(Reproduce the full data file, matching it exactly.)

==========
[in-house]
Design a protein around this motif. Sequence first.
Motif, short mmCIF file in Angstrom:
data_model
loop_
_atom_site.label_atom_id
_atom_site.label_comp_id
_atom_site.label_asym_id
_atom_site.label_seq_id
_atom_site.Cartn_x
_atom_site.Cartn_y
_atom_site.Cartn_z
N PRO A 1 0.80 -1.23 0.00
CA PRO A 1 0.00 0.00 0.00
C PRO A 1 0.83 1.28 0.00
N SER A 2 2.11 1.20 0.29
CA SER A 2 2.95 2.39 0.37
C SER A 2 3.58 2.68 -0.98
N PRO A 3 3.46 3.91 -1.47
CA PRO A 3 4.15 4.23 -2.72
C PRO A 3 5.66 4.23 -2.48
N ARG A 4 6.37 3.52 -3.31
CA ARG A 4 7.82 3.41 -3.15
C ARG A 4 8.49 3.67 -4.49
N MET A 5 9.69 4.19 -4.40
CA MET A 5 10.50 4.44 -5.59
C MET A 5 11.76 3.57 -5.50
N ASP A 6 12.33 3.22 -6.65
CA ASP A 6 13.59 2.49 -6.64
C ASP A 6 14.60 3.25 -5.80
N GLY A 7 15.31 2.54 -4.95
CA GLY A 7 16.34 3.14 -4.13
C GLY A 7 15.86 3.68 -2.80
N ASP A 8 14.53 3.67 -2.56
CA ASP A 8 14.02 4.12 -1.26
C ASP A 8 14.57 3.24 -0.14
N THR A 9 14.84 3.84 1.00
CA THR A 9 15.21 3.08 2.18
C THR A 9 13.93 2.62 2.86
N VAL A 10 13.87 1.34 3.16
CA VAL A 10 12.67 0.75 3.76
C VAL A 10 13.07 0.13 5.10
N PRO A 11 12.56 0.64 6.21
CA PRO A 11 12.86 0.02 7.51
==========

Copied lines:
[in-house]
Design a protein around this motif. Sequence first.
Motif, short mmCIF file in Angstrom:
data_model
loop_
_atom_site.label_atom_id
_atom_site.label_comp_id
_atom_site.label_asym_id
_atom_site.label_seq_id
_atom_site.Cartn_x
_atom_site.Cartn_y
_atom_site.Cartn_z
N PRO A 1 0.80 -1.23 0.00
CA PRO A 1 0.00 0.00 0.00
C PRO A 1 0.83 1.28 0.00
N SER A 2 2.11 1.20 0.29
CA SER A 2 2.95 2.39 0.37
C SER A 2 3.58 2.68 -0.98
N PRO A 3 3.46 3.91 -1.47
CA PRO A 3 4.15 4.23 -2.72
C PRO A 3 5.66 4.23 -2.48
N ARG A 4 6.37 3.52 -3.31
CA ARG A 4 7.82 3.41 -3.15
C ARG A 4 8.49 3.67 -4.49
N MET A 5 9.69 4.19 -4.40
CA MET A 5 10.50 4.44 -5.59
C MET A 5 11.76 3.57 -5.50
N ASP A 6 12.33 3.22 -6.65
CA ASP A 6 13.59 2.49 -6.64
C ASP A 6 14.60 3.25 -5.80
N GLY A 7 15.31 2.54 -4.95
CA GLY A 7 16.34 3.14 -4.13
C GLY A 7 15.86 3.68 -2.80
N ASP A 8 14.53 3.67 -2.56
CA ASP A 8 14.02 4.12 -1.26
C ASP A 8 14.57 3.24 -0.14
N THR A 9 14.84 3.84 1.00
CA THR A 9 15.21 3.08 2.18
C THR A 9 13.93 2.62 2.86
N VAL A 10 13.87 1.34 3.16
CA VAL A 10 12.67 0.75 3.76
C VAL A 10 13.07 0.13 5.10
N PRO A 11 12.56 0.64 6.21
CA PRO A 11 12.86 0.02 7.51